Season one of For All Mankind was a well made but often frustrating show. It too often matched cliché characterisation and glacial plot progression with great performances and some whip-snap plot turns. It didn’t help that the four characters the show focused most on were not very relatable and frequently unlikeable; Ed, Karen, Gordo and Tracey. However, after a slow start, it culminated in a gripping final 2 episodes. The scene was set for an exciting season 2. For the most part, it does not disappoint.
Episode 1 starts with an extended montage of alt-history headlines, taking us nine years ahead to 1983. There's a sense of urgency, bringing in the outer world’s influence on the inner world of NASA. Some of history stays the same, and some is different. It all seems well-considered and not just random.
As do pretty much all of the character paths and changes as we re-join them. In hindsight, it feels a lot of season one was treading water, allowing for plots to more easily fall into place in season two. Creator Ronald D Moore has said he’s planned seven seasons for this show. It doesn’t seem surprising judging by the amount of groundwork going on here.
The fall out from the death of their son Shane last season has given Ed (Joel Kinnaman) and Karen (Shantel VanSanten) fresh perspectives and while there are demons to be addressed they feel easier to connect with, giving them much more depth than ‘butch pilot’ and ‘acid-tongued wife’. However, one plot-line late in the season threatens to derail all of that good work.
The new season has mixed results for our other central duo, Gordo and Tracey. Gordo is on the speaker circuit, getting drunk and putting on weight. It’s a sad insight into what could happen after the ‘party’ is over. Michael Dorman plays it well, and it’s tragic to see. The problem is, this isn’t a show about drunk speakers. The way the writers bring Gordo back into the fold is both too obvious and too easy. Dorman does a good job, but it still feels a little forced.
Tracey, however, comes off the worst. She’s now a celebrity astronaut, appearing on Carson and living in a mansion. It’s the most frustrating and even stupid thing about this season. Almost all nuance is given up for the character, and I genuinely felt sorry for actor Sarah Jones. Also, does anyone even care whether she and Gordo are together? I don’t.
Elsewhere is where the show comes alive. The beauty of this sprawling show is the large ensemble. The well of characters to draw from is deep, smaller characters are expanded like government lackey Thomas Paine, and Bill Strausser and even Margo’s new secretary has some great smaller moments.
Speaking of which, Wrenn Schmidt as Margo, by far the best character, is now heading up NASA and having no time for your crap, thank you very much. With many angles to play and layers to reveal, actor Wrenn Schmidt is quietly giving one of the best performances on TV right now. Ellen (Jodi Balfour) also gets to grow into a new role on the administrative side, wrestling with the increased government and military influence as well as her secret sexuality. Sonya Wagner as Molly, upgraded to series regular this year, is a big part of episode 1 and continues to be a joy to watch the rest of the season. Krys (Danielle Poole) is also trying to discover her legacy and how she finds her place in the African-American story. Considering how history has developed, I hope we dig more into her story over coming seasons.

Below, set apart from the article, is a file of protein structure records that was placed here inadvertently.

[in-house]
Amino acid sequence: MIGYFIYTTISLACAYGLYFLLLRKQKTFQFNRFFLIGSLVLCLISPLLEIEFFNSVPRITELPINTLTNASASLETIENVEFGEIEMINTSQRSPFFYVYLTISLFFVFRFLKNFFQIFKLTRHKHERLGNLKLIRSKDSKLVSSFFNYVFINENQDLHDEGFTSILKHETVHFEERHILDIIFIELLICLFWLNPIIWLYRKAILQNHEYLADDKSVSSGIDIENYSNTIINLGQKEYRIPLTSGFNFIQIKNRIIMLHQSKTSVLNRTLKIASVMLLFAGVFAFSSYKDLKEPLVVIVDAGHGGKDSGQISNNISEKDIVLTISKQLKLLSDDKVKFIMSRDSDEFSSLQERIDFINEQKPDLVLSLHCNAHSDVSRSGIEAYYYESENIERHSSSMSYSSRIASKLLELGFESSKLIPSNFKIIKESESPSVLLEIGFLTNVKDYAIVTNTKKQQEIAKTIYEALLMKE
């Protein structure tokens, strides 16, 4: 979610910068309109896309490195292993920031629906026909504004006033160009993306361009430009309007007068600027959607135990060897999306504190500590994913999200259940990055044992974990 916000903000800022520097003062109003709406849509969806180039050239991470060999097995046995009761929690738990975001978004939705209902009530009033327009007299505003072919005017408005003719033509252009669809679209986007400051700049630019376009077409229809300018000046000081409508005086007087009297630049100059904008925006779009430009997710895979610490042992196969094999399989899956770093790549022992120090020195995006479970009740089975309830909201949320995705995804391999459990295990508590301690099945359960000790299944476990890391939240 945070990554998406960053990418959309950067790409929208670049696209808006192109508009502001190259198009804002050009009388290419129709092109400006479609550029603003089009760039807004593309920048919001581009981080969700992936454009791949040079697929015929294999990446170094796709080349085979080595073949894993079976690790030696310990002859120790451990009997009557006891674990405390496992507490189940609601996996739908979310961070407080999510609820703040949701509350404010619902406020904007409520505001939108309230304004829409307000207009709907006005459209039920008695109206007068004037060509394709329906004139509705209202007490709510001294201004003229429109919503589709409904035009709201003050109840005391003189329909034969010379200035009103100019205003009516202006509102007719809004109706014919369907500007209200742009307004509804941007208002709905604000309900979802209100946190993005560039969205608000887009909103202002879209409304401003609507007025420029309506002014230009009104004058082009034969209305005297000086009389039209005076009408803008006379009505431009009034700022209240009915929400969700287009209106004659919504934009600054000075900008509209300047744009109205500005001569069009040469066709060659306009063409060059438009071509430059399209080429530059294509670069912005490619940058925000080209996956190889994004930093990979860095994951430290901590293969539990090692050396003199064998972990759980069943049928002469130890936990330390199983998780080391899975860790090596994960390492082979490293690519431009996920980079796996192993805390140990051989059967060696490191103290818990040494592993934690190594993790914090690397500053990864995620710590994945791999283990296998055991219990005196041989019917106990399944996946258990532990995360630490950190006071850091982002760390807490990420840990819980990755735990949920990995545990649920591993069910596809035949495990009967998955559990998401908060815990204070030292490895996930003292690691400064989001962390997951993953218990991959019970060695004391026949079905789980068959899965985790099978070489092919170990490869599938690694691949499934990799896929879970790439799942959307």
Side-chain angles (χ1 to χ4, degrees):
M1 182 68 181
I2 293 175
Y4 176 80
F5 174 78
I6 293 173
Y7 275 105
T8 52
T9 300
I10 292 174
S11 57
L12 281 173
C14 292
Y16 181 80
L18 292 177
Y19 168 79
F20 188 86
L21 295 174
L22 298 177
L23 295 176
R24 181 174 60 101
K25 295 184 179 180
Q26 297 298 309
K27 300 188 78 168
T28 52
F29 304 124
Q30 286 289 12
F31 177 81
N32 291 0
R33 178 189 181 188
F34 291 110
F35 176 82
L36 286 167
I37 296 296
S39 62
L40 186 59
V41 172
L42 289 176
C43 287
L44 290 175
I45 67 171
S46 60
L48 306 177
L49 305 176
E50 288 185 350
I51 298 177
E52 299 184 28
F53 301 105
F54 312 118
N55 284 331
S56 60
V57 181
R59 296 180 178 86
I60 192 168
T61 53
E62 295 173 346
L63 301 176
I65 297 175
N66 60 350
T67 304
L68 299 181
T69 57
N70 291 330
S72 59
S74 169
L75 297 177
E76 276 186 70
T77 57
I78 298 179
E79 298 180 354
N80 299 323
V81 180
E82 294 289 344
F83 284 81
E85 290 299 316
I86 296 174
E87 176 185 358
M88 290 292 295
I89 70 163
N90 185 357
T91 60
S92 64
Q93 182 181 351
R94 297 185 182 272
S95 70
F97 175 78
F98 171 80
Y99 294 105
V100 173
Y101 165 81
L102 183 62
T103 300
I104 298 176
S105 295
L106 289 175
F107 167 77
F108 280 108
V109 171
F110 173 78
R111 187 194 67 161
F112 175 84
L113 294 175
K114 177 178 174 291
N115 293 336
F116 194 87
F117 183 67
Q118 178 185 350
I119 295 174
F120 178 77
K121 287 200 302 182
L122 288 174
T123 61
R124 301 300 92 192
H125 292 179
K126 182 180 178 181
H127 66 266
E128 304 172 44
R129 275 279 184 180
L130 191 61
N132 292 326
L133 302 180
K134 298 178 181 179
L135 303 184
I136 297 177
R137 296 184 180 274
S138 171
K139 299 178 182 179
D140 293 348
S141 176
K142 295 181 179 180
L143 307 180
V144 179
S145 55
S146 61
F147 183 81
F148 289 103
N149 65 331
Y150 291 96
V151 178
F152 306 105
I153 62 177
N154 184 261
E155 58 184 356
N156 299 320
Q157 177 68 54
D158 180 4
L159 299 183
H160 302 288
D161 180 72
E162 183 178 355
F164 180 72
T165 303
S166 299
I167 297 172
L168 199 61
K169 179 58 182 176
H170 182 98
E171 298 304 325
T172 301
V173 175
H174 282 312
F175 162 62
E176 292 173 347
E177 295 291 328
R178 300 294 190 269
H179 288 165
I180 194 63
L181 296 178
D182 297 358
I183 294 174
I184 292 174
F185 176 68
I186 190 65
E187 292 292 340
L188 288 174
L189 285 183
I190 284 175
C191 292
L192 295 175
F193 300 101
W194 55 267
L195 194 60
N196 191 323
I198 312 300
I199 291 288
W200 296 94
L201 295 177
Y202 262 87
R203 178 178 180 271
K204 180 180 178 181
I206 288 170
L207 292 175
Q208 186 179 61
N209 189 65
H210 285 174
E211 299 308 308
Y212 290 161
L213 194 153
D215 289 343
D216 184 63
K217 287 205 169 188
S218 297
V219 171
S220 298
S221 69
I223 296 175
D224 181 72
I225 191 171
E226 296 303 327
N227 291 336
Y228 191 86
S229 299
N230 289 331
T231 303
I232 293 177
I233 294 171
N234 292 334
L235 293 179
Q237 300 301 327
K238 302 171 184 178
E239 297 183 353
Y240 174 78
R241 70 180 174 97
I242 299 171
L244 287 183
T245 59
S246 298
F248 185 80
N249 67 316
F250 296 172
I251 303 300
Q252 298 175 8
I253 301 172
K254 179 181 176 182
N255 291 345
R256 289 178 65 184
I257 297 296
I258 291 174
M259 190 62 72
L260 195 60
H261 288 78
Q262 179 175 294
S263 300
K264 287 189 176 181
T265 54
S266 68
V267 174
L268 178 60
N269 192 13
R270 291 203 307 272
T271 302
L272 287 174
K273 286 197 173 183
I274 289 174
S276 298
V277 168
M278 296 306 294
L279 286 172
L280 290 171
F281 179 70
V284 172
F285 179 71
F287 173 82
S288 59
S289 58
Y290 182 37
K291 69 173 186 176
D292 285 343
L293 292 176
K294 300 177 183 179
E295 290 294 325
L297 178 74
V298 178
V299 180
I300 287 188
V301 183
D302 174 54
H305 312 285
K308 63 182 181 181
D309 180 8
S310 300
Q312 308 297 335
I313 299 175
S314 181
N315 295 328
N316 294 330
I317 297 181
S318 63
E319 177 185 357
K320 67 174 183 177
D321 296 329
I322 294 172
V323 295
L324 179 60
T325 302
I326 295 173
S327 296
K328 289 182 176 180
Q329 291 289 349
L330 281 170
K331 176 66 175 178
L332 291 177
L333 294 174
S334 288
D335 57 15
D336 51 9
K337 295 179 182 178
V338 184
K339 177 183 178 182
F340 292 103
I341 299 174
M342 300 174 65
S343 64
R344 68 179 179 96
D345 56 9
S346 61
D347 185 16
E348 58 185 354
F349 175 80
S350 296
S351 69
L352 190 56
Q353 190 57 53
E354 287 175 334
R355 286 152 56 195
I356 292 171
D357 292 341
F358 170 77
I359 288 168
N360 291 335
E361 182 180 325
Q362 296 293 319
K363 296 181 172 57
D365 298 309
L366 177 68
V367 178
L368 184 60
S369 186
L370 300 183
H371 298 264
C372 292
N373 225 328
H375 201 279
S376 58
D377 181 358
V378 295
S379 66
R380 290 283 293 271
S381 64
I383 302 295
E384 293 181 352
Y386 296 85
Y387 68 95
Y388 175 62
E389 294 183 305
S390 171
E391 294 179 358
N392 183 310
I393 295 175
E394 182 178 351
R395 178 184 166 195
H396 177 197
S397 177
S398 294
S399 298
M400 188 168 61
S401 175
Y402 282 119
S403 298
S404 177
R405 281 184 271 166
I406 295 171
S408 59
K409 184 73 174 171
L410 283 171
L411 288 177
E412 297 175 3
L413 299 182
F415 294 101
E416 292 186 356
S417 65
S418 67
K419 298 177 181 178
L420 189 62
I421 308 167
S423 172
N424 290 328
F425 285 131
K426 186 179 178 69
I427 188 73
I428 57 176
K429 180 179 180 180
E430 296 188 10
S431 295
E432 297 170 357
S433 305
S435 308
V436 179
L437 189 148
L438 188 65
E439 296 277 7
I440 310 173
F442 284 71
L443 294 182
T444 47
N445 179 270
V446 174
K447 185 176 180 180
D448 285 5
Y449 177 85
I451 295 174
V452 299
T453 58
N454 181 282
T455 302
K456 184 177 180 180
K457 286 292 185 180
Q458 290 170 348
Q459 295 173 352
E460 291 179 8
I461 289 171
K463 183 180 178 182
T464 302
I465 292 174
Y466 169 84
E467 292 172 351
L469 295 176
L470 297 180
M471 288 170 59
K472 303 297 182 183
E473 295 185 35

There’s plenty of character work going on which all provides a fantastic appetiser to GUNS ON THE MOON!
Only joking, though as you can see from the poster that does happen. No, what we want is more space action! Season 1 finally went there at the end, and you’ll get more here, but importantly, it’s not at the expense of plot.
While season 1’s outside threat of the Soviet’s space plans was, for the most part, out of sight, season 2 sees it become much more influential. Now we’ve moved past the point of actually trying to GET to the moon, NASA and the Soviets now want to assert their pressence. This brings them into much more direct conflict, political and otherwise. Margo, Ellen and others have to deal with all the political machinations of governments wanting to flex their insecure muscles as well as who to pick for the next mission to the moon. It’s the strongest part of the season’s plot arcs.
Increasingly the characters are dealing with the ongoing toll of these missions, all the while grappling with their place in history and what legacy each other, as well as NASA, will leave. When the show drills into this, it makes for some great moments, even as we look forward to the next moment IN SPACE!
The first episode is a thrilling hour. Giving the characters plenty to do early on, it culminates in a pulse-pounding final few minutes. The seasons opening episode is the show at it’s most potent - building on strong characterisation, engrossing direction and a pretty sizeable special effects budget; it will have you counting the days until episode 2 (you don’t get the first three episodes at once this time).
For All Mankind season two is an example of a maturing show; building on what’s gone before while learning from its missteps and introducing more high drama. It can still be a little cheesy in parts (there are TWO impromptu singalongs in the first 3 episodes) and one or two plots threaten to slip into cliché, but above it, all the writers never lose sight of the fact that character is king. Succeed with that, and it only enhances the thrills and fun of the plot. It’s what makes the best entertainment and what makes this show thoroughly enjoyable, even as it shows it’s potential to become truly great in years to come.
Season two of For All Mankind premieres on Apple TV+ February 19th.